Shingles is caused by chickenpox virus called varicella zoster virus. The first indications that chickenpox and shingles were caused by the same virus were noticed at the beginning of the 20th century.
The incidence of shingles is mainly in adults. There are approximately four cases per 1000 population per year and a lifetime risk of 20 to 30 per cent.
Chickenpox generally occurs in children. Once the child gets over the illness the virus does not disappear from the body. Virus can settle down in one of the nerve cell bodies and lay dormant for many years.
When your resistance is low and this can be due to any reason, the virus may break out of the nerve cell and travel down the nerve causing viral infection of the skin in the area supplied by that nerve. This can happen decades after the chickenpox infection. Exactly how the virus remains latent in the body, and subsequently re-activates is not understood.
Shingles starts with burning pain, itching and tingling followed by painful rash and blisters in the area supplied by the affected nerve. The pain and rash most commonly occurs on the torso, but can appear on the face, eyes or other parts of the body. If the nerve to the eye is involved then a person may suffer loss of vision. It usually affects one nerve on one side of the body.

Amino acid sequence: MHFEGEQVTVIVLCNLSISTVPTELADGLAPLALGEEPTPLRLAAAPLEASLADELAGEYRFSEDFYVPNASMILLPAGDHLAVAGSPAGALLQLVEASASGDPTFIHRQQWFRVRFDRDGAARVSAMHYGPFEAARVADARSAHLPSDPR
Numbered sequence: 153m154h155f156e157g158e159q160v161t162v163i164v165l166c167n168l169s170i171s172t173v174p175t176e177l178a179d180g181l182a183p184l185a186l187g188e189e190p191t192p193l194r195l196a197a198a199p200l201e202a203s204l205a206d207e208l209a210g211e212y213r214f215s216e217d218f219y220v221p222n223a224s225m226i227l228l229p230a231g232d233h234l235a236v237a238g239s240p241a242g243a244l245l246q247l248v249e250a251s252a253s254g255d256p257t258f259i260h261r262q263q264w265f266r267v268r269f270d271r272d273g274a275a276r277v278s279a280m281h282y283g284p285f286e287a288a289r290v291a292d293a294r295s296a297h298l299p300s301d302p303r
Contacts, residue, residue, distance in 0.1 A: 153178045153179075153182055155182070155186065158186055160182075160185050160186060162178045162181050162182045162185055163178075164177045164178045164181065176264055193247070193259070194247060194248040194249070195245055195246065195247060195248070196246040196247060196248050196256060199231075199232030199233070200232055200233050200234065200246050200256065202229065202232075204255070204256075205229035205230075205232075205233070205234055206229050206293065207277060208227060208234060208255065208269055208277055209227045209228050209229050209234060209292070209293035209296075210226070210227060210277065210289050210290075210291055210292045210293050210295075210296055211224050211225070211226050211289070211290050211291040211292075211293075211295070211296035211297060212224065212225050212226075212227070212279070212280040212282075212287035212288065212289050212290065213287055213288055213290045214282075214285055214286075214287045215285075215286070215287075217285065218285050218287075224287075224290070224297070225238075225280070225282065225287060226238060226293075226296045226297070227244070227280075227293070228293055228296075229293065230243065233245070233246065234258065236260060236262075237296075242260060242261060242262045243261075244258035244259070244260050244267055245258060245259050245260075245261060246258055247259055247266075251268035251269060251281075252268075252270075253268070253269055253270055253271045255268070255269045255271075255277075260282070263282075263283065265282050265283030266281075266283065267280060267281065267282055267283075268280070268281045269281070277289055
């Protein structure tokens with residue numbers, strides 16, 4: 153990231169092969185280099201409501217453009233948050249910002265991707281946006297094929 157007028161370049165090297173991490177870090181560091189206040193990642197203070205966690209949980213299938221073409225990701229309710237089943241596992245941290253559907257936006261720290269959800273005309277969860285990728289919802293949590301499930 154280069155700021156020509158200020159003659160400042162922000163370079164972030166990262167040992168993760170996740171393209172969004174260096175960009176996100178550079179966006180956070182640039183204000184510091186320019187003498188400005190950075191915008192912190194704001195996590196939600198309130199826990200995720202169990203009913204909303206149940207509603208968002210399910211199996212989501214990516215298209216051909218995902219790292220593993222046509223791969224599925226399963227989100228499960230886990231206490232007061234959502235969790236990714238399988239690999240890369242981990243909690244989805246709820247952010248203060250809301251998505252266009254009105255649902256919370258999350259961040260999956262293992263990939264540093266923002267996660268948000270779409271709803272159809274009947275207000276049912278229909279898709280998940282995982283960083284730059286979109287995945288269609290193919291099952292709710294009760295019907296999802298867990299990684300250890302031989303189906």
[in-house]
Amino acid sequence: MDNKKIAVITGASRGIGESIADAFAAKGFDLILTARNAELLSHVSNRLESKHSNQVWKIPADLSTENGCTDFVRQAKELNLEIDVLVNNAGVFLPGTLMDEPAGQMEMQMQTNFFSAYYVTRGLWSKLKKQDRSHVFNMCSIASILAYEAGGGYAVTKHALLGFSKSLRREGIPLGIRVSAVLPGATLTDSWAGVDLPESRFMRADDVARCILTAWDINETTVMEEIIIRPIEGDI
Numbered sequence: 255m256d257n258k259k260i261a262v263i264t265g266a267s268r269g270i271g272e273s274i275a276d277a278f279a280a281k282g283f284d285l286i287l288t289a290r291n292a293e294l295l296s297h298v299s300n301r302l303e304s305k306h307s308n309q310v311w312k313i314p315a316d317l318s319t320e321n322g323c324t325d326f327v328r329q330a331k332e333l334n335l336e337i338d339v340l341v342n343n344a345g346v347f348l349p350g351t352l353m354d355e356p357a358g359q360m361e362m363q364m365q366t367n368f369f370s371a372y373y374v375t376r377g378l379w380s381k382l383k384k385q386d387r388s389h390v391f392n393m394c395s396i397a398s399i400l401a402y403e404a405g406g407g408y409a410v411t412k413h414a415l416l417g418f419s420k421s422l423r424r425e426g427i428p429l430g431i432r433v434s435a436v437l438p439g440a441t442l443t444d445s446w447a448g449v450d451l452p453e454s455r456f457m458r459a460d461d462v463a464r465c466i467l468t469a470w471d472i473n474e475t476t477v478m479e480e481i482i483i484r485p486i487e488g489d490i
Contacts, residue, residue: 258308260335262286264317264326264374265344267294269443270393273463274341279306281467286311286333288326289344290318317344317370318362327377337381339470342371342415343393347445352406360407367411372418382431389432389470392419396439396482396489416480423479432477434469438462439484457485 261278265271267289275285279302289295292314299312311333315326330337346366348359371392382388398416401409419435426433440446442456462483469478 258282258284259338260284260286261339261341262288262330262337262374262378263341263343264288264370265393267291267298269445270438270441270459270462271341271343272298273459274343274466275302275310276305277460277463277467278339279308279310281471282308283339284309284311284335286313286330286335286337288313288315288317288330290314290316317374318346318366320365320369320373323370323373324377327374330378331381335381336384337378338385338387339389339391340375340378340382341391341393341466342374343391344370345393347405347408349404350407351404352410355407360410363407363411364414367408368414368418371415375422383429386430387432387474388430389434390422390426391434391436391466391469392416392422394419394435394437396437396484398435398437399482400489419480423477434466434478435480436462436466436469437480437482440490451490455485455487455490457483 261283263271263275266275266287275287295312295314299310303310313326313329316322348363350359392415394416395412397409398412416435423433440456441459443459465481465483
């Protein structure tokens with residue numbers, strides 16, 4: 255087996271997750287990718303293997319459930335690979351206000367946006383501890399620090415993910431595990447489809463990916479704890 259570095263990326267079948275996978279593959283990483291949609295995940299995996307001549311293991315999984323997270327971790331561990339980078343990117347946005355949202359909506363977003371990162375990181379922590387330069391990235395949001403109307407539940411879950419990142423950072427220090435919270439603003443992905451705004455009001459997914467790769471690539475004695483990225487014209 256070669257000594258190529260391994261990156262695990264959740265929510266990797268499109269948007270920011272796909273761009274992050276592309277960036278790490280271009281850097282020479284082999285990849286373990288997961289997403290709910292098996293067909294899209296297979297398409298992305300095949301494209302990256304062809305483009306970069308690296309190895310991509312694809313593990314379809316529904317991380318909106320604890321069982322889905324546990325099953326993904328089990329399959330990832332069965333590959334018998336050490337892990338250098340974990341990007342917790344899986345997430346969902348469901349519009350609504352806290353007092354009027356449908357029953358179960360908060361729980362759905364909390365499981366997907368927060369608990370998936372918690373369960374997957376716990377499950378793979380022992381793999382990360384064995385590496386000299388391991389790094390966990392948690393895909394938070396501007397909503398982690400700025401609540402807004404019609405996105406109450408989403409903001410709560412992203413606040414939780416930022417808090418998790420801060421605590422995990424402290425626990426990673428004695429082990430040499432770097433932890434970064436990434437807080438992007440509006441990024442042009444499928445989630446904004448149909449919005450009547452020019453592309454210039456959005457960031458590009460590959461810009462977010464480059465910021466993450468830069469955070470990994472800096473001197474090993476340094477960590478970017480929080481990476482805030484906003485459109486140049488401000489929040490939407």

The rash and blisters heal within two to four weeks but some sufferers experience residual nerve pain for months or years. This condition is known as postherpetic neuralgia. About 20 per cent of patients with shingles suffer from this.
If the diagnosis of shingles is made early then it helps to start antiviral medications within 72 hours of the appearance of the rash. This reduces the severity and duration of the illness. The antiviral medications should be used for seven to ten days. The blisters crust over within seven to ten days, and usually the crusts fall off and the skin heals. But sometimes after severe blistering, scarring and discolored skin remains.
Until the rash has developed crusts, a person is extremely contagious. During the blister phase, direct contact with the rash can spread the virus to a person who has no immunity to the virus. This newly infected individual may then develop chickenpox, but will not immediately develop shingles.
Since 2008-2009, a vaccine for shingles is available for adults age 60 and over. The vaccine is used to boost the waning immunity to the virus that occurs with aging. The effectiveness of the vaccine is about 60 per cent. It is kind of a “quality of life” vaccine. It does not prevent death from shingles (an extremely rare event) but does help with postherpetic neuralgia (pain).
Booster doses of the vaccine are not recommended for healthy individuals. The efficacy of protection has not been assessed beyond four years and it is not known whether booster doses of vaccine are beneficial. This recommendation may need to be revisited as further information becomes available.
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